The unnatural pink glow from your lava lamp
is now the hue in which I see you
at night, all snuggled with your brother,
the two of you atop ringlets of purple, swirls
on the comforter that you chose last year from Target.
Your fairy pi’s tossed carelessly
over the edge of the bunk
and the bottom bed is empty
because he is scared and you
In the quiet of the midnight hour
your face is beautiful –
not the drowsy glow of waking up,
nor the joyful grin of going to school,
not even the sweet innocence of
trusting love, just beautiful.
Fine tendrils of dark blond caress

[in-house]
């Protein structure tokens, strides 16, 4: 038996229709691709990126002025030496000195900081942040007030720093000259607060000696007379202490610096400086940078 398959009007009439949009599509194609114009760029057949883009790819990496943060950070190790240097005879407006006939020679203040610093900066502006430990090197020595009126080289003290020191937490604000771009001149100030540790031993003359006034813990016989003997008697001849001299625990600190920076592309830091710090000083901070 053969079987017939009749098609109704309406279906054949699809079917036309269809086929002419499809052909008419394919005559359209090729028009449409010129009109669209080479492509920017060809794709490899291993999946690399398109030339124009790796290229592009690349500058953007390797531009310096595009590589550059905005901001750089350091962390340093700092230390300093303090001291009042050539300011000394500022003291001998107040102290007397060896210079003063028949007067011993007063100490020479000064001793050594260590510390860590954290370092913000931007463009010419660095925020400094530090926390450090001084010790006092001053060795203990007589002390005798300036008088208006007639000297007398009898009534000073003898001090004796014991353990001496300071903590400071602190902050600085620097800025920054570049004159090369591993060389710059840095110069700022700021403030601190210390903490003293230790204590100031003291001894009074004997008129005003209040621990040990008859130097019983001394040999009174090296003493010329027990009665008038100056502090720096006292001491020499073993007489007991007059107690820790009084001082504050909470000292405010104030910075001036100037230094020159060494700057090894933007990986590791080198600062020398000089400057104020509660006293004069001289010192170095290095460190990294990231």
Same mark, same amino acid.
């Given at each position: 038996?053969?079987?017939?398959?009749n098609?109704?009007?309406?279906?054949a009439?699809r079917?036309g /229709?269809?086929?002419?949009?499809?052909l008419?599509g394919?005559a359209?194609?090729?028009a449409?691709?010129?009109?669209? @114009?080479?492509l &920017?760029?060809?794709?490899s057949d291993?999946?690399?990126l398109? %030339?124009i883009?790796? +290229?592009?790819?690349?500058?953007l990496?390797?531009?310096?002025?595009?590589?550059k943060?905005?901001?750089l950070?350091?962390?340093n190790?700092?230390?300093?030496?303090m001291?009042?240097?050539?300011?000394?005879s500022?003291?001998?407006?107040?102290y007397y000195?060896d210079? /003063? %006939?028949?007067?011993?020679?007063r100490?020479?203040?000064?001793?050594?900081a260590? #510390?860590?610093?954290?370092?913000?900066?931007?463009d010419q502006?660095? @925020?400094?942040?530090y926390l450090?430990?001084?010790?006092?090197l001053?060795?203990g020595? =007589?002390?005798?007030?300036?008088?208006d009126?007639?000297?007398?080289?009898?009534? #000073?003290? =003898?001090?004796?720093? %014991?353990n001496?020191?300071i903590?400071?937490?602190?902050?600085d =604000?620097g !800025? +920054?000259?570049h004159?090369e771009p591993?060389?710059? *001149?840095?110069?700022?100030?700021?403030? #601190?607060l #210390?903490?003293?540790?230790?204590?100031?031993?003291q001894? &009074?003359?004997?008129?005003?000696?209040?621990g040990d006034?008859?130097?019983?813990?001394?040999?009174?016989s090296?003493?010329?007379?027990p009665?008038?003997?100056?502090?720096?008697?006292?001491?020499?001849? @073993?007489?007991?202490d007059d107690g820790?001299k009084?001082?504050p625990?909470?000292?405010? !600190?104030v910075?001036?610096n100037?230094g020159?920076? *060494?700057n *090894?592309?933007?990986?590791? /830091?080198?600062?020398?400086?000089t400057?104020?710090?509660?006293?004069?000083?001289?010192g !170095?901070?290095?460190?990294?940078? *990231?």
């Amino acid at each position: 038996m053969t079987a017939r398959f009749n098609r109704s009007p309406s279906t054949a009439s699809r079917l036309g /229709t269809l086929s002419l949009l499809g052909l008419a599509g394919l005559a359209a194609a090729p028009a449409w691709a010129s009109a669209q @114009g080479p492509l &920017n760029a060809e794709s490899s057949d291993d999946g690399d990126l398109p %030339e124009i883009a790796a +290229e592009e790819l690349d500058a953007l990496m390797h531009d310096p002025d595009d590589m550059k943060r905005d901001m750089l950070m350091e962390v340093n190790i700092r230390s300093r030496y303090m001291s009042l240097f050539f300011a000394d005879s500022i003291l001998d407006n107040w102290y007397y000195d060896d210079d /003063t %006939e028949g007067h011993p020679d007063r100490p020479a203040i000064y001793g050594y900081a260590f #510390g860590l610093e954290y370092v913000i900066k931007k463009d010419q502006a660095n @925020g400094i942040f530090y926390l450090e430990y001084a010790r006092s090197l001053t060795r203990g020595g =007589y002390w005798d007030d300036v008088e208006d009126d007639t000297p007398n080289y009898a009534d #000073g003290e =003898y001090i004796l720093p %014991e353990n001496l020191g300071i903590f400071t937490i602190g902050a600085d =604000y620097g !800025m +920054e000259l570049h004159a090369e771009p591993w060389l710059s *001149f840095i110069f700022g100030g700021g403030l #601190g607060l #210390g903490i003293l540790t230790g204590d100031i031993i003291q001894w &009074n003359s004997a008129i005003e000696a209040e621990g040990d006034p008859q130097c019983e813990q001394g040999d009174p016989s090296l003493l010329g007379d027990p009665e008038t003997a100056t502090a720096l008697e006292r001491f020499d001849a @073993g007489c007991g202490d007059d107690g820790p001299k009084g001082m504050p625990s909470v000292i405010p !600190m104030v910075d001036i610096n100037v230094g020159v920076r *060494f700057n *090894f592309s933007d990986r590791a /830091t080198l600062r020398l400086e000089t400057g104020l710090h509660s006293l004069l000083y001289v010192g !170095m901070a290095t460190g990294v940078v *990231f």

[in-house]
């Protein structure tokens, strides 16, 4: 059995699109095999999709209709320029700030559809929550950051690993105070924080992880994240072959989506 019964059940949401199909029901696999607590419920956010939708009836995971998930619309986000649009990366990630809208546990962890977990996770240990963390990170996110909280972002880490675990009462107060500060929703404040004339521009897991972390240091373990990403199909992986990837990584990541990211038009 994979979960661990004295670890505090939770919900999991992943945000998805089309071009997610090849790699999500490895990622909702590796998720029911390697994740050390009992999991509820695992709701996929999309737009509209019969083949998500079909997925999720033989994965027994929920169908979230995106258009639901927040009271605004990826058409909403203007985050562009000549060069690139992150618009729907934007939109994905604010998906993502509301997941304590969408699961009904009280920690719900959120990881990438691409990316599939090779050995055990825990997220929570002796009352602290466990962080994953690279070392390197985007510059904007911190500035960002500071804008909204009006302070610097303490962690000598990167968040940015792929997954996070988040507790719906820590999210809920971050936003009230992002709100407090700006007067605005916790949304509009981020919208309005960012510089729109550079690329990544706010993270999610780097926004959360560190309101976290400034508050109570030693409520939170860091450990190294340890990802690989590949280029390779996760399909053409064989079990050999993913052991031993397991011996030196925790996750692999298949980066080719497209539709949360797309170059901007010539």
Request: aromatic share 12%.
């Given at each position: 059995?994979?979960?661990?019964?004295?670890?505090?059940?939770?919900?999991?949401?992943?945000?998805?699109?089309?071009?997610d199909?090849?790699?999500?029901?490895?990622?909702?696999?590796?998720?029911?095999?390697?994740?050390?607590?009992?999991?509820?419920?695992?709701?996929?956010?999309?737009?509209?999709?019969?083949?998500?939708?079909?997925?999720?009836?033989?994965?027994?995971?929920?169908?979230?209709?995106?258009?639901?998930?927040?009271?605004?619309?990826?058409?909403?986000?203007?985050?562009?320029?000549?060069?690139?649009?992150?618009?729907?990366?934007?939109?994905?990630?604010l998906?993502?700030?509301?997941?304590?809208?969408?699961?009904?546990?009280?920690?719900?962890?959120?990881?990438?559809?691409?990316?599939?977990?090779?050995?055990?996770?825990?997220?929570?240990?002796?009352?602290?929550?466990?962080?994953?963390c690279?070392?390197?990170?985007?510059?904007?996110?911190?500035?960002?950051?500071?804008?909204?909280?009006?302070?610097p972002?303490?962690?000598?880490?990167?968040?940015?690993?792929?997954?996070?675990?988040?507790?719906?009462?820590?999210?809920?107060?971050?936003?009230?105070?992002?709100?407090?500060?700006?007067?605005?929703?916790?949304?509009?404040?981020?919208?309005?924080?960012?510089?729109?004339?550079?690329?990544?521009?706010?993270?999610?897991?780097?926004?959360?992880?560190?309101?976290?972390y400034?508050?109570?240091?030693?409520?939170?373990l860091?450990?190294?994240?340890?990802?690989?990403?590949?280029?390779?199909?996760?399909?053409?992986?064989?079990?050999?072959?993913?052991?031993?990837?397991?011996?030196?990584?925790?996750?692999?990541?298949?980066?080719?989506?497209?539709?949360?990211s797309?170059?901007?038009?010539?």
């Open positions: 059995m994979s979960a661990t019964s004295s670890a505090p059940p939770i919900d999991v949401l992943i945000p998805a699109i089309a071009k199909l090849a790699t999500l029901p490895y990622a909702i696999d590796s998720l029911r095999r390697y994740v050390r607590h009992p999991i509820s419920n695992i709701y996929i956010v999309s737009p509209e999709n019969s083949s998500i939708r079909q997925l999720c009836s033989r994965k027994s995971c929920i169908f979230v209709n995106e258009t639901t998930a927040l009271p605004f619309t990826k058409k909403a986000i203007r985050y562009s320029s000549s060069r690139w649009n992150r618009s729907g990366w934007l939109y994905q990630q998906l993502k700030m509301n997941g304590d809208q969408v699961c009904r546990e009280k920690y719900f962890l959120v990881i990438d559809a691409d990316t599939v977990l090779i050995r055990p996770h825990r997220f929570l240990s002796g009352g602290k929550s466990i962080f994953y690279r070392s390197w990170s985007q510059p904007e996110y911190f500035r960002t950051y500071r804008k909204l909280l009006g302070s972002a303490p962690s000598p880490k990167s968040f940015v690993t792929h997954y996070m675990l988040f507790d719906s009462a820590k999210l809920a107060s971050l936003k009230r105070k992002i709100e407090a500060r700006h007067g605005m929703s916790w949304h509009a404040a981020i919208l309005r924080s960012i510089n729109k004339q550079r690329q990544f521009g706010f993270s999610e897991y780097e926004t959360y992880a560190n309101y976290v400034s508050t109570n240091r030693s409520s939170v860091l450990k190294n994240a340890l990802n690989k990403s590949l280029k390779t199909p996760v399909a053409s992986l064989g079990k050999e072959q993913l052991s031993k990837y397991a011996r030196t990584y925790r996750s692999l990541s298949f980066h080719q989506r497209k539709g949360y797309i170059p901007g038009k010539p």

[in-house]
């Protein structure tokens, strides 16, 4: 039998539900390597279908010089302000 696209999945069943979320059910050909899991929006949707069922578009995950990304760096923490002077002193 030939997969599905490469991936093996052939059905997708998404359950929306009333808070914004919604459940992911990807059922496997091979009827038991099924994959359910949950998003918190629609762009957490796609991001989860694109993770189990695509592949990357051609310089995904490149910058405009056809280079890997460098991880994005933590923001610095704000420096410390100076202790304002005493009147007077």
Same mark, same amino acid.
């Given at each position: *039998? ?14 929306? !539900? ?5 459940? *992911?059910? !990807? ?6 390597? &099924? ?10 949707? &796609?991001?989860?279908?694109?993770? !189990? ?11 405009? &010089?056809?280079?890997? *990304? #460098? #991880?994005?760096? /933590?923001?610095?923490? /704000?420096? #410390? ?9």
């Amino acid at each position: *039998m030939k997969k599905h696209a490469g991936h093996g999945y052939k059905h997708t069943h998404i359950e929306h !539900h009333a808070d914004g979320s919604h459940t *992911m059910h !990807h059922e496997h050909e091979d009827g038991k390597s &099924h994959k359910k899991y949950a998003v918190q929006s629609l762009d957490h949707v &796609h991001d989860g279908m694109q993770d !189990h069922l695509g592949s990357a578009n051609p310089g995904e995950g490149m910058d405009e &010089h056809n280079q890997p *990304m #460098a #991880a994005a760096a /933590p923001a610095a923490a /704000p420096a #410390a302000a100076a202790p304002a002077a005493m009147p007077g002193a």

your cheek, my hand too
touches softness littered with freckles.
Evidence of your time in the sun.
Too large teeth and wide gaps
make your young up face all the more precious
and in the midst of the growing
I can see the becoming.
A little sigh escapes your lips, your goodnight
thought still echoing:
“Today was my last full day of being eight years old.”
Note: This poem is part of my Lenten discipline, in which I attempt to cultivate space and quiet in order to hear from God and respond with poetry. Today is also my daughter’s ninth birthday, a day surely worthy of reflection. Here is another post about my daughter and the passing of time.